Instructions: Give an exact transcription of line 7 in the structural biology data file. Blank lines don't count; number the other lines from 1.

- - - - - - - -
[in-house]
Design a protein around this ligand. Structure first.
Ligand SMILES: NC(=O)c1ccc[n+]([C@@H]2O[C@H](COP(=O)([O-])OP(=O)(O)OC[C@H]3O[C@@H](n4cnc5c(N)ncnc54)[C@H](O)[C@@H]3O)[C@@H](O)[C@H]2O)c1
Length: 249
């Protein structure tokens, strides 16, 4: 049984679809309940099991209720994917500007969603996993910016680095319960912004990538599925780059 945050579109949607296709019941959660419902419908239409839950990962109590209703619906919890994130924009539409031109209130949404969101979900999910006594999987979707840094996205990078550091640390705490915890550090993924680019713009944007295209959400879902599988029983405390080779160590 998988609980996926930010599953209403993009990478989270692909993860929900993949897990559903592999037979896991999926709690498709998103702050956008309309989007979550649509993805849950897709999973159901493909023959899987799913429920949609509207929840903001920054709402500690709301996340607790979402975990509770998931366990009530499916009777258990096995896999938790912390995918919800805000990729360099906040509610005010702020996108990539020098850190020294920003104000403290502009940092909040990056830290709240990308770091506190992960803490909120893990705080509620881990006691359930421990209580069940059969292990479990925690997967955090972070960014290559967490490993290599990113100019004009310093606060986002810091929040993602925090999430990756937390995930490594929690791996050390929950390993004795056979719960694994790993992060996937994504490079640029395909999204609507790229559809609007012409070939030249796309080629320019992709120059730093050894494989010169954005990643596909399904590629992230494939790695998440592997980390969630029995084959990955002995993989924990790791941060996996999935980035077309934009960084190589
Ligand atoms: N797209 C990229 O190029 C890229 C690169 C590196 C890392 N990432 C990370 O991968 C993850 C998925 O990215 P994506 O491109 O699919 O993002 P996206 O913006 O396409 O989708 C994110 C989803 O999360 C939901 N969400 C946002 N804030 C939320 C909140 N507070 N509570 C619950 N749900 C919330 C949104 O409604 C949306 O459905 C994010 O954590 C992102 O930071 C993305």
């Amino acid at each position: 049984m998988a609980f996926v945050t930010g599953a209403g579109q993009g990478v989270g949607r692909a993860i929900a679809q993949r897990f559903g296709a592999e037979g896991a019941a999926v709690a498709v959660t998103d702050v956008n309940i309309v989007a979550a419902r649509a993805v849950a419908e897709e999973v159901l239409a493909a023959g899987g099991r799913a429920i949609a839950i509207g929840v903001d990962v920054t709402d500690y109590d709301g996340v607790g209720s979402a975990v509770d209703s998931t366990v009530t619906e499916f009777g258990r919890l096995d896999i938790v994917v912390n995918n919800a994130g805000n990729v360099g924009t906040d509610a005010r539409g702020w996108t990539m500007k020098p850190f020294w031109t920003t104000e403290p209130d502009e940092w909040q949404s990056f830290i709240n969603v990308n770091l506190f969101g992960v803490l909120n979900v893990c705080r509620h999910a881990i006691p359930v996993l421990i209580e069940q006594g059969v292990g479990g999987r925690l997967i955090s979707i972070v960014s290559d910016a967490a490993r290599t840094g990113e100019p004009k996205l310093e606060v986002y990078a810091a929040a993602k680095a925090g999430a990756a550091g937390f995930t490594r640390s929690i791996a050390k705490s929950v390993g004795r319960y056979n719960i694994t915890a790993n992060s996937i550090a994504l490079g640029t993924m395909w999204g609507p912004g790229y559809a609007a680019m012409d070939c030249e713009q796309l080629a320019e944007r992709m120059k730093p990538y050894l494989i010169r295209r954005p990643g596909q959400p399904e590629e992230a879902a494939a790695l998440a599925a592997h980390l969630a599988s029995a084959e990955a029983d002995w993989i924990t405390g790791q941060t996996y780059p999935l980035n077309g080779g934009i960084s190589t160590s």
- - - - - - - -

């Amino acid at each position: 049984m998988a609980f996926v945050t930010g599953a209403g579109q993009g990478v989270g949607r692909a993860i929900a679809q993949r897990f559903g296709a592999e037979g896991a019941a999926v709690a498709v959660t998103d702050v956008n309940i309309v989007a979550a419902r649509a993805v849950a419908e897709e999973v159901l239409a493909a023959g899987g099991r799913a429920i949609a839950i509207g929840v903001d990962v920054t709402d500690y109590d709301g996340v607790g209720s979402a975990v509770d209703s998931t366990v009530t619906e499916f009777g258990r919890l096995d896999i938790v994917v912390n995918n919800a994130g805000n990729v360099g924009t906040d509610a005010r539409g702020w996108t990539m500007k020098p850190f020294w031109t920003t104000e403290p209130d502009e940092w909040q949404s990056f830290i709240n969603v990308n770091l506190f969101g992960v803490l909120n979900v893990c705080r509620h999910a881990i006691p359930v996993l421990i209580e069940q006594g059969v292990g479990g999987r925690l997967i955090s979707i972070v960014s290559d910016a967490a490993r290599t840094g990113e100019p004009k996205l310093e606060v986002y990078a810091a929040a993602k680095a925090g999430a990756a550091g937390f995930t490594r640390s929690i791996a050390k705490s929950v390993g004795r319960y056979n719960i694994t915890a790993n992060s996937i550090a994504l490079g640029t993924m395909w999204g609507p912004g790229y559809a609007a680019m012409d070939c030249e713009q796309l080629a320019e944007r992709m120059k730093p990538y050894l494989i010169r295209r954005p990643g596909q959400p399904e590629e992230a879902a494939a790695l998440a599925a592997h980390l969630a599988s029995a084959e990955a029983d002995w993989i924990t405390g790791q941060t996996y780059p999935l980035n077309g080779g934009i960084s190589t160590s």